Kingston Arms: This pub is very good for real ale fanatics - options rotate a bit but in March 2016, they had up options such as Jaipur, Hopback Summer Lightning, Oakham JHB, Woodforde's Wherry, Timothy Taylor's Landlord. At one point they didn't even serve lager - they are now stocking more traditionally brewed varieties such as Meantime London Lager and Konrad Premium Lager - note that this is different to your Carlsberg fizz! Fairly convenient for the railway station, all meals are freshly cooked and served lunchtimes and evenings (all day on Saturdays). The food is trendy and expensive. The pub is very popular, and booking for meals can be useful on busy days. It has a walled garden - which is the only area in which children under 14 are allowed.
Kingston Arms - great beer, very pricey food
© Hugh Gleave
Kingston Arms, 33, Kingston Street, Cambridge, Cambridgeshire, CB1 2NU. Tel: 01223 319414. Website: Click Here. Map: Click Here.
Live and Let Live: Another back street local, with home cooked food lunchtime and evenings. The food is in the standard pub fare style, but absolutely excellent. All top notch ingredients, freshly cooked, with no microwave in sight. Means you have to wait longer than normal - but it's worth it. Beers are Adnams Bitter, B&T Black Dragon Mild and Everards Tiger, plus guests. The Damson Porter from Burton Bridge Brewery was one of the best beers I've ever drunk - completely sublime. Cassells and Stowford Press ciders are also available. For those into the more exotic, or wishing to relive the pre-season tour, the pub boasts a wide selection of bottled Belgian beers.
Live & Let Live - if on the Damson Porter is to DIE for!
© Hugh Gleave
Live and Let Live, 40, Mawson Road, Cambridge, Cambridgeshire, CB1 2EA. Tel: 01223 460261. Website: Click Here. Map: Click Here.
|Portland Arms: Large two bar pub. The public bar has Internet access stations (drinking pre-match and still able to post rubbish on social media - heaven!), and there are bands playing in the back room (check out their website for listings of what's coming up). Beers are Greene King XX Mild and IPA, Ruddles Best and Abbot, plus guests. Food is available lunchtimes and evenings.|
Portland Arms, 129, Chesterton Road, Cambridge, Cambridgeshire, CB4 3BA. Tel: 01223 357268. Website: Click Here. Map: Click Here.
|St. Radegund: Bit of a University type pub this one, so pack your college scarf and tie. Only cricket and egg chasing are allowed on the TV - football is for the lower orders. And no mobiles - if the butler isn't at home taking the calls what is he doing? Don't know why we've included it. Oh, yes I do - serves good beer, including Bateman XB.|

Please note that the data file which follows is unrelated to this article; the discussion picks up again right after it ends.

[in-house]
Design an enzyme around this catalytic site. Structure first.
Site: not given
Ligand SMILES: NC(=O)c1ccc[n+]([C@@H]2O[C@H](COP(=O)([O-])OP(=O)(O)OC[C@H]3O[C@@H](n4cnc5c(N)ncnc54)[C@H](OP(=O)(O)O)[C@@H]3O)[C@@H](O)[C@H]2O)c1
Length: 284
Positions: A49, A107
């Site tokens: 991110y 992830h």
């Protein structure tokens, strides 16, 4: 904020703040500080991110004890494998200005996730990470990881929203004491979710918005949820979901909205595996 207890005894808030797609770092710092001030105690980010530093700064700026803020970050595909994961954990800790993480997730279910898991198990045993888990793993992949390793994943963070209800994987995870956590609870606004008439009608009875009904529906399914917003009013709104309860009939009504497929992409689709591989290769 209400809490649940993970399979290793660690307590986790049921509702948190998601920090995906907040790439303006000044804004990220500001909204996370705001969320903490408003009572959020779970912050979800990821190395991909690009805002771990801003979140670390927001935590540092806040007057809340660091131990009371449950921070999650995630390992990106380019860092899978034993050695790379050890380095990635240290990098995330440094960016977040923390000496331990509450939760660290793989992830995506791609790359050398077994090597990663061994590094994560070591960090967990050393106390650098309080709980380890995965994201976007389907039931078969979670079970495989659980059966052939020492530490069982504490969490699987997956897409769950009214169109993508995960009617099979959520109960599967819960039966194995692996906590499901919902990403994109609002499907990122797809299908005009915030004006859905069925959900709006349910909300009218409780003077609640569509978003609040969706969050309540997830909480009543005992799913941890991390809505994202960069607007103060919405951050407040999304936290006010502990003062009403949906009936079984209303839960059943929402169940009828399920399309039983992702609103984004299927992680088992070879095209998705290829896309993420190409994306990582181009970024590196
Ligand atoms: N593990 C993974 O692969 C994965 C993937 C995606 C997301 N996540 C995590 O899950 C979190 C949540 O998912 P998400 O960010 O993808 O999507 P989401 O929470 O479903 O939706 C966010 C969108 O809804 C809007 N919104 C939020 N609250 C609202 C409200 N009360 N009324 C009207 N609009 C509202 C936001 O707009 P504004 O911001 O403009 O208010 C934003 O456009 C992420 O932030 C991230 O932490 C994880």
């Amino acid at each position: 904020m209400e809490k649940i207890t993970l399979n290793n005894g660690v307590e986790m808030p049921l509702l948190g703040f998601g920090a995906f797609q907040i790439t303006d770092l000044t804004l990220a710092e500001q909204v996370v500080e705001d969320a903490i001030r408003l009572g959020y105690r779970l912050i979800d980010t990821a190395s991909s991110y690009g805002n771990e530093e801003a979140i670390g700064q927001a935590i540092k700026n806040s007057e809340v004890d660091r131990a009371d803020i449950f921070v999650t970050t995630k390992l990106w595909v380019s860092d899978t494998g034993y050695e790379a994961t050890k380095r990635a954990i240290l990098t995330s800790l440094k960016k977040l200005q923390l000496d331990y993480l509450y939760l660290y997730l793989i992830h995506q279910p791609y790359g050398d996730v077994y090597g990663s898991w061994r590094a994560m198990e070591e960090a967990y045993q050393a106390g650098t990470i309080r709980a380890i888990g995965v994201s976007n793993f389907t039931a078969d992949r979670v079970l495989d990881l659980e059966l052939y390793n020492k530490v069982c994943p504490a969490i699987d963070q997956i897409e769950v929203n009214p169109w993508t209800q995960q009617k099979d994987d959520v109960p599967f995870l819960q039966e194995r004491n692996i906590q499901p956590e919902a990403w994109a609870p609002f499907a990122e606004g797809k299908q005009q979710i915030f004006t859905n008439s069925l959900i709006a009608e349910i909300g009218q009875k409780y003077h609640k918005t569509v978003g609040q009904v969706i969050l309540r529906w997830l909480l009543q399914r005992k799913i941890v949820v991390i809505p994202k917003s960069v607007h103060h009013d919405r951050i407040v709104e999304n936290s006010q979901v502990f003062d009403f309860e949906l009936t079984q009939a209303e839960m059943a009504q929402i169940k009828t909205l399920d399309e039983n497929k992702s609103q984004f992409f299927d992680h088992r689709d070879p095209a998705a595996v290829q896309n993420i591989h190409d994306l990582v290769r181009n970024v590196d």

St. Radegund, 127, King Street, Cambridge, Cambridgeshire, CB1 1LD. Tel: 01223 311794. Map: Click Here.
|The Grapes: |
The Grapes, 19 Histon Road, Cambridge, Cambridgeshire, CB4 3JB. Tel: 01223 506038. Website: Click Here. Map: Click Here.
|The Wrestlers: This is more of a Thai restaurant than a pub, but it does have a bar from its former status as a bulk standard pub. However, it is one of the closer venues to the ground and so may be worth a visit, particularly if you're after some food at the same time.|
The Wrestlers, Newmarket Road, Cambridge, Cambridgeshire, CB5 8JE. Tel: 01223 566554. Website: Click Here. Map: Click Here.
Likelihood the Natives Will Understand You :
It depends which natives you come across really. If they're students then they're all hoity-toity public school types who only speak received pronounciation, and if they're proper locals they all speak some incomprehensible local dialect of English which you have to have six fingers and webbed toes to understand; so us simple Somerset country folk are knackered basically. Take our advice and pretend you're a tourist, at least you'll be able to read the guide books..
Don't be afraid to have a go on a punt, you'll love it. Just don't ask where the motor is....
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Cambridge United : Local Amenities
Local Guesthouses and Hotels
Go to A1 Tourism's Online Guide
to find Guest Houses/Hotels in the town and surrounding areas.
Other Points Of Interest
Cambridge is a university town, in case you didn't know, and boasts more museums than you can shake a stick at. It's one of the more interesting and historical towns the Glovers will be visiting this season and is well worth making a weekend of it there if possible. See the Cambridge page on the About Britain website for more information.
[No responsibilty is taken for any inaccuracies. This page is entirely the product of bias and prejudice.]